China Labor Watch: Samsung Allegedly Copies Apple’s Labor Abuses, Too

Early in the year, Apple found itself rocked by a series of serious abuse allegations at the factories of its Chinese suppliers; at the time Li Qiang, the head of the New York-based China Labor Watch, told us that he compared Apple’s working conditions to those at competing manufacturers, “and the conditions in those factories are worse than the ones of Apple.”

To drive the point home, CLW released a report last month outlining several alleged abuses workers at a factory run by one of Samsung’s major suppliers. Yesterday, Samsung said it failed to find any evidence of child labor at the HEG facility, though it did find overtime and safety violations.

China Labor Watch’s response? Issuing a lengthy 122 page report detailing a long list of alleged abuses occurring in eight of Samsung’s Chinese factories — six of which Samsung partly owns itself. “Our current investigation reveals that labor violations are not simply limited to the HEG factory,” the organization said in a press release. “Rather, these problems are rampant throughout the entire Samsung manufacturing and supply network in China.”

The allegations include:

  • Forced overtime exceeding 150 hours per month at peak times
  • Unpaid work time. Several plants allegedly force workers to report to unpaid meetings and arrive up to 20 minutes before their actual shift starts.
  • Minimum wage at one non-Samsung-owned factory
  • Exhausting working conditions. Several factories force employees to stand for 11 to 12 hour shifts — sans shoes at one factory — often while looking downwards the entire time and being required to meet aggressive production goals.
  • Child labor abuses at three factories, all of which Samsung owns a majority stake in.
  • “Severe age and gender discrimination.” Certain factories were reported to hire only females, or only people between the ages of 16 and 20. People with dyed hair, physical disabilities or short stature were also allegedly passed over for employment opportunities.
  • Abuse of student and labor dispatch workers. Several factories allegedly staff the majority of their workers from labor dispatches — outsourced labor suppliers — and do not hire employees directly, passing benefit and safety training responsibility off to the third-party organization. Labor dispatch workers also have to pay a fee to start work, which can equal up to half a month’s pay.
  • Lax worker safety regulations and training (see above)
  • “Unfair and unreasonable rules” which often affect employee wages and hiring status, such as recording sick days as work absences (which affect wages), keeping all new workers probationary until a July hiring window, and charging workers for insurance without providing them insurance cards.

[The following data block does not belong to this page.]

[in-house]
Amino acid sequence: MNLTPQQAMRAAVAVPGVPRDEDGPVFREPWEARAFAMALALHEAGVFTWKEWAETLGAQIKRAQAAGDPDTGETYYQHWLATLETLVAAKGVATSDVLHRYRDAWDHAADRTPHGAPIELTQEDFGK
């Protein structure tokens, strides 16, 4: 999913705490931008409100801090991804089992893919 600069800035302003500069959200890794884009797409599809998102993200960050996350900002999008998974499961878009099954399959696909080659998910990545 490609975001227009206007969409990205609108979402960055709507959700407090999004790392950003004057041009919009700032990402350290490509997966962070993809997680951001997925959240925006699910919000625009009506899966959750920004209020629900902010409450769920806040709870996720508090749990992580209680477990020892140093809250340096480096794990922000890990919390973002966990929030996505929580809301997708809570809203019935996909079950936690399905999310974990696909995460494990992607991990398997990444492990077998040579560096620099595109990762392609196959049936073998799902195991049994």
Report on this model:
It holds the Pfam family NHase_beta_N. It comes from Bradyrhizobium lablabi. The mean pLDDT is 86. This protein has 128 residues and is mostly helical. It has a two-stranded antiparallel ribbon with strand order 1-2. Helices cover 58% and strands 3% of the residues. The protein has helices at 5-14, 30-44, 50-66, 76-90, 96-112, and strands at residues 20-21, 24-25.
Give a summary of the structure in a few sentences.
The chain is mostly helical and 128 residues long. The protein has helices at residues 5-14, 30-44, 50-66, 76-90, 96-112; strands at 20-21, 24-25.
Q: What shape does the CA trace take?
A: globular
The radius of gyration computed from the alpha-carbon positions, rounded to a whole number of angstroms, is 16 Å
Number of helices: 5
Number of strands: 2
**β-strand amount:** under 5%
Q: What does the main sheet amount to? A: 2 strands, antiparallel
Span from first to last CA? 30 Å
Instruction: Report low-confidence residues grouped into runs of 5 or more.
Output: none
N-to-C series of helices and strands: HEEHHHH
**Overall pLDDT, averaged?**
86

• Verbal and even physical abuse

Workers also have no way to effectively complain or rectify the issues, the group claims. Although CLW lumps the abuses together in this report, it admits that the offenses at Samsung factories are somewhat less egregious than those found at supplier-run factories, though even Samsung’s factories nevertheless play host to a number of alleged worker violations.

China Labor Watch has published its 122 page report as well as YouTube videos chronicling the alleged abuses. The group’s investigations occurred between May and August, with the investigators both posing as workers and interviewing actual Samsung employees about factory working conditions.

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  1. Dan Says:

    Why the misleading/mismatched headline?

    Your headline implies that Apple and Samsung are equally culpable but the article itself states, “Li Qiang, the head of the New York-based China Labor Watch, told us that he compared Apple’s working conditions to those at competing manufacturers, ‘and the conditions in those factories are worse than the ones of Apple.'”

    The discrepancy is, in fact, even worse: Li Qiang’s statement was made “early in the year.” Since that time, Apple has spearheaded a broad set of improvements in the working conditions in its assembly supply chain. On the other hand, this report on Samsung relates to current conditions at its labor suppliers.

    Clearly, Samsung has a long way to go to come up to the standard currently set by Apple. Please correct the headline.

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